The day started with Kangaroo Island Wildlife Park. We had been told to go in the morning as you’re given food for the animals when you arrive and they’ll be the most interested in the food in the morning.
We arrived at 10 and were greeted at the door by a screaming cockatoo. Not screeching, screaming. It turned out that he had grown up with a family that had a number of young children and had learnt to mimic the screaming of a toddler, not the most pleasant. We were able to put a stop to the screaming with a cough where he revealed his smokers cough. Another trick was to roar and wave your arms up and he would bob up and down saying ‘roar’.
From there we bought our tickets and went in just as the dingo feeding was happening. We were the only people there so the man feeding them was able to have a good chat with us. The dingoes were beautiful and fluffy and very excited to see him but we were reminded of their power and strength, very different to a dog.
From there we wandered around until the koala feeding was on. By that time there was another family at the park but we were able to go into the koala enclosure and pat the koalas whilst they ate and once that family had left, it was just us, the keeper and four koalas.
We saw a number of people coming over to have their turn and decided to continue on around the park. We then went into the kangaroo enclosure and fed them before doing the same with the wallabies.
Once we had run out of food and seen all of the animals we drove to Flinders Chase National Park. This is another opportunity for students to whip out their ID. We had booked online so we collected the car pass and drove down to the remarkable rocks.
The word ‘remarkable’ is pretty strong so to use it to describe rocks, we weren’t too sure but once we saw them we left impressed! The drive down was really beautiful as well as the boardwalk down to the rocks where you can actually walk on them. They’re huge, shaped all sorts of ways and have a beautiful view.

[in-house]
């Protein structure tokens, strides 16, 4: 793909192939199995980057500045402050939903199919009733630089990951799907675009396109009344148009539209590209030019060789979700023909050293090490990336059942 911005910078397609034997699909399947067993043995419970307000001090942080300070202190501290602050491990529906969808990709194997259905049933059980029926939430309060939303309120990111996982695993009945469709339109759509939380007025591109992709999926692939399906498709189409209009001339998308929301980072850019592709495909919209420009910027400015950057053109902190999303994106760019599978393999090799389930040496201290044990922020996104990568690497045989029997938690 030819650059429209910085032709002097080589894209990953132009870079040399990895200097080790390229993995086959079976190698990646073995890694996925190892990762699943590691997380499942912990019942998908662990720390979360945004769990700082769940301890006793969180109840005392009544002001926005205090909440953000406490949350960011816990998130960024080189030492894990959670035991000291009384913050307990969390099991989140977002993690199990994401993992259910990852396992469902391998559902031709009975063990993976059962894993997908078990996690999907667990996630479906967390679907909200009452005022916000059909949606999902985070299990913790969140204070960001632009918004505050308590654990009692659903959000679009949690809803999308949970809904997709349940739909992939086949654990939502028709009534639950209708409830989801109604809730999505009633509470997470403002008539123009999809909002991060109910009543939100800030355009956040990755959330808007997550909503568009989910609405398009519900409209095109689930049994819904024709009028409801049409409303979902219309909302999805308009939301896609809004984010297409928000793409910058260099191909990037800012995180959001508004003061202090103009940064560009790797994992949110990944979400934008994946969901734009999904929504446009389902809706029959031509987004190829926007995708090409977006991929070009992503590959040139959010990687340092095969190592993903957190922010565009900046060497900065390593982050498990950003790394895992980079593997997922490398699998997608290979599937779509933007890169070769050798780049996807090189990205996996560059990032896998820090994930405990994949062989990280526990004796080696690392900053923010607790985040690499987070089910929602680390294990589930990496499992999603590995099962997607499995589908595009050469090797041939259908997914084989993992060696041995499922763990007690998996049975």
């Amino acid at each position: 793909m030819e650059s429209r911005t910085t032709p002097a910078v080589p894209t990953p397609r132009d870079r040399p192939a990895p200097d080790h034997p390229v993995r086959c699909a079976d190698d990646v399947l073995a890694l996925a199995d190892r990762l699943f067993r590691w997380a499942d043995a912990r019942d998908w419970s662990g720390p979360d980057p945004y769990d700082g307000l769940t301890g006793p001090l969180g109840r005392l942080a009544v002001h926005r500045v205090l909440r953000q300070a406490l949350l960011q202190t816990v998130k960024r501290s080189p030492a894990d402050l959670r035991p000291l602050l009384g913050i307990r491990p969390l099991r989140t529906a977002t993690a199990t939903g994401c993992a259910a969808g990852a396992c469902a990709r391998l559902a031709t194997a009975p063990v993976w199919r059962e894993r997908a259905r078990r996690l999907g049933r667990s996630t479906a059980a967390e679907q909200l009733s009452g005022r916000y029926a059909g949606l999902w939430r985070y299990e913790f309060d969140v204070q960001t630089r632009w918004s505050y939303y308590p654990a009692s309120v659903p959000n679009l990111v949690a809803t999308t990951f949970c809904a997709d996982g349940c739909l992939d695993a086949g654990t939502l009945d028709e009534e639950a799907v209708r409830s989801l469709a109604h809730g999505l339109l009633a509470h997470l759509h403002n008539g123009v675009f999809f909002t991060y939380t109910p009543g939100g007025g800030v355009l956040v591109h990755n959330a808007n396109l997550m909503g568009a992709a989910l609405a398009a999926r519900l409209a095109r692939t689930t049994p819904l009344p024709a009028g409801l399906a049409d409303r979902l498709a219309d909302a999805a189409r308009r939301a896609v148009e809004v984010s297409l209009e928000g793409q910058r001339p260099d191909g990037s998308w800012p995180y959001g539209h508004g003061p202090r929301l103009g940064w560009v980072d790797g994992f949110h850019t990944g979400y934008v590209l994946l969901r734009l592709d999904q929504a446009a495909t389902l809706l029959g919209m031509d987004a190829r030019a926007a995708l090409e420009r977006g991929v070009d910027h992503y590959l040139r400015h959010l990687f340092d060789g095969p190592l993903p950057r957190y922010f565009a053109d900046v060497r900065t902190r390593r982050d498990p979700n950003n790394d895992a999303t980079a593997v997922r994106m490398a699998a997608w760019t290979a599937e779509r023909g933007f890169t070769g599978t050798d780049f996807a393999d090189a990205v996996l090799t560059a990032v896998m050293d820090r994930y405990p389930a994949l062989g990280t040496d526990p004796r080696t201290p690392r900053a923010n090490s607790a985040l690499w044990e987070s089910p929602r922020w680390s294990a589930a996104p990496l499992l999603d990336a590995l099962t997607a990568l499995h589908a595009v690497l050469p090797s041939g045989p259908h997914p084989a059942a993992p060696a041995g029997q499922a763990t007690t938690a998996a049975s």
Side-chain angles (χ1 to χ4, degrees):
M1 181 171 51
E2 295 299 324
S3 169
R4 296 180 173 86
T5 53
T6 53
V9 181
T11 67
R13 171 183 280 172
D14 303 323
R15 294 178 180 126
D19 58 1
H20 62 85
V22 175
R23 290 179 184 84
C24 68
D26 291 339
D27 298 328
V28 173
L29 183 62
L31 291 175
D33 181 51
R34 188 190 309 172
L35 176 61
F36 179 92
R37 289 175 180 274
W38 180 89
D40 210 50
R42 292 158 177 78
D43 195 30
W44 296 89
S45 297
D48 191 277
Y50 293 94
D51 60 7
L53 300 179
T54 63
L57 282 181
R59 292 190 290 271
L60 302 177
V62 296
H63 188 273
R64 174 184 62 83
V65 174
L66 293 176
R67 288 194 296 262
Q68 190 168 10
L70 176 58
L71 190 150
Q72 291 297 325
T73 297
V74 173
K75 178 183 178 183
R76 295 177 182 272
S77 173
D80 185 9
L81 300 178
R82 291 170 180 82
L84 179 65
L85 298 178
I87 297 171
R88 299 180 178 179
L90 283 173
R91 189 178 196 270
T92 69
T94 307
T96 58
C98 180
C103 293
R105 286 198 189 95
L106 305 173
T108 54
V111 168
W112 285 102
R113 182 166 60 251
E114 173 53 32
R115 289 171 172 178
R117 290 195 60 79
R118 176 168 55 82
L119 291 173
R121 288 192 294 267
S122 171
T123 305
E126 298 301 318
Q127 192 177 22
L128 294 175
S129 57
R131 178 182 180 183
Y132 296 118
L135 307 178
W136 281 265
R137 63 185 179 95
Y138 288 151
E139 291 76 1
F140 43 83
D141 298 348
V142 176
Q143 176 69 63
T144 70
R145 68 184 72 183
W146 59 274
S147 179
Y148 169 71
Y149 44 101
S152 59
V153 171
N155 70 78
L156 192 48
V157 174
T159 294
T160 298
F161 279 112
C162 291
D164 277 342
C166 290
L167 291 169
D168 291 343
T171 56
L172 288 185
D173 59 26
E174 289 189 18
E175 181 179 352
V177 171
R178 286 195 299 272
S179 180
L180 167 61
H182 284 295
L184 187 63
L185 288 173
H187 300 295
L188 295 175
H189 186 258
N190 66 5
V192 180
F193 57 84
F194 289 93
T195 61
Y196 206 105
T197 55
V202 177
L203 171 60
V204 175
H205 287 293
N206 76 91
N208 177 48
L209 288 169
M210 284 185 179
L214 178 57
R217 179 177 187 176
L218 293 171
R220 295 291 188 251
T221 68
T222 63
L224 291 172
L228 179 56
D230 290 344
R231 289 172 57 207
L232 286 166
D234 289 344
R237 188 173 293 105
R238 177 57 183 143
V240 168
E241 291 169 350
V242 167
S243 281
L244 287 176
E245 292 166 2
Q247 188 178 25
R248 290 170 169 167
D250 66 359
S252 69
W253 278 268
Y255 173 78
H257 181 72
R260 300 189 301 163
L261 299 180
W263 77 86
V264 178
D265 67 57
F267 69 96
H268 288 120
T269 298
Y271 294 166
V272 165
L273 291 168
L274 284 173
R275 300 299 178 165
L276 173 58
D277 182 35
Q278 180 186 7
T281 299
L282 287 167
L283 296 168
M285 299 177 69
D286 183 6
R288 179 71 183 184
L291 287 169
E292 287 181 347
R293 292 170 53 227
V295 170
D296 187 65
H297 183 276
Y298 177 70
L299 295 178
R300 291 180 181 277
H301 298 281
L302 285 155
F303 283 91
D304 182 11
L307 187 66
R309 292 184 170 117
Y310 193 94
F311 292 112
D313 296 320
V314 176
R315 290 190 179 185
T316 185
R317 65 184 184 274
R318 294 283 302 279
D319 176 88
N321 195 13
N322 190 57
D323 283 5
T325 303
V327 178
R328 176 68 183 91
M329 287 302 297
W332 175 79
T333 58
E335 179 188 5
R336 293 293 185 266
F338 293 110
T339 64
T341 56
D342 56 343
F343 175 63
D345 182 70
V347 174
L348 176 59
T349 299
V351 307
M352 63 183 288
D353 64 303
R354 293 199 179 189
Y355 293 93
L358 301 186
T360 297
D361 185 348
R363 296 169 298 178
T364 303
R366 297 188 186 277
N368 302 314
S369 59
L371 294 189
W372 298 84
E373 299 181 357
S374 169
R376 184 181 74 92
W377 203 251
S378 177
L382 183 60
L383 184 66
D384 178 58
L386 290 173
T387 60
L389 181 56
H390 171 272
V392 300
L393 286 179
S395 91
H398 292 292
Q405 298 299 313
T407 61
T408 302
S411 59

From there we went to the Admiral Arch which you can apparently walk to from the rocks but we didn’t see the track. The Arch had a boardwalk with again, a beautiful view. So beautiful that Hayden tore a massive hole in his pants trying to take a photo.
After Hayden tied his jumper around his waist to hide the damage we went further down the boardwalk and found so many seals! Apparently they don’t go grey until they’re 4 months old and there was a little black one climbing up to the boardwalk and waddling around exploring which was adorable.
We continued further down to The Arch and even more seals. The way the rocks were shaped to create an arch was stunning and unbelievable something so impressive was completely natural.
Once we had seen it all and had watched the seals for a little longer we went to Platypus Waterholes which should just be named Waterholes. It’s a 2km loop for the Waterholes but you have to do three quarters of it before you get to the Waterholes. My advice? Turn left instead of right. Apparently they’re really shy though and can hear your footsteps so having walkways to and around the waterholes kind of defeats the purpose of trying to see them.
Besides the non-existent platypus, it was a really beautiful day. The park has lots of bush walks too so if we had one more day we probably would have done a couple of walks but unfortunately we misjudged just how much Kangaroo Island has to offer.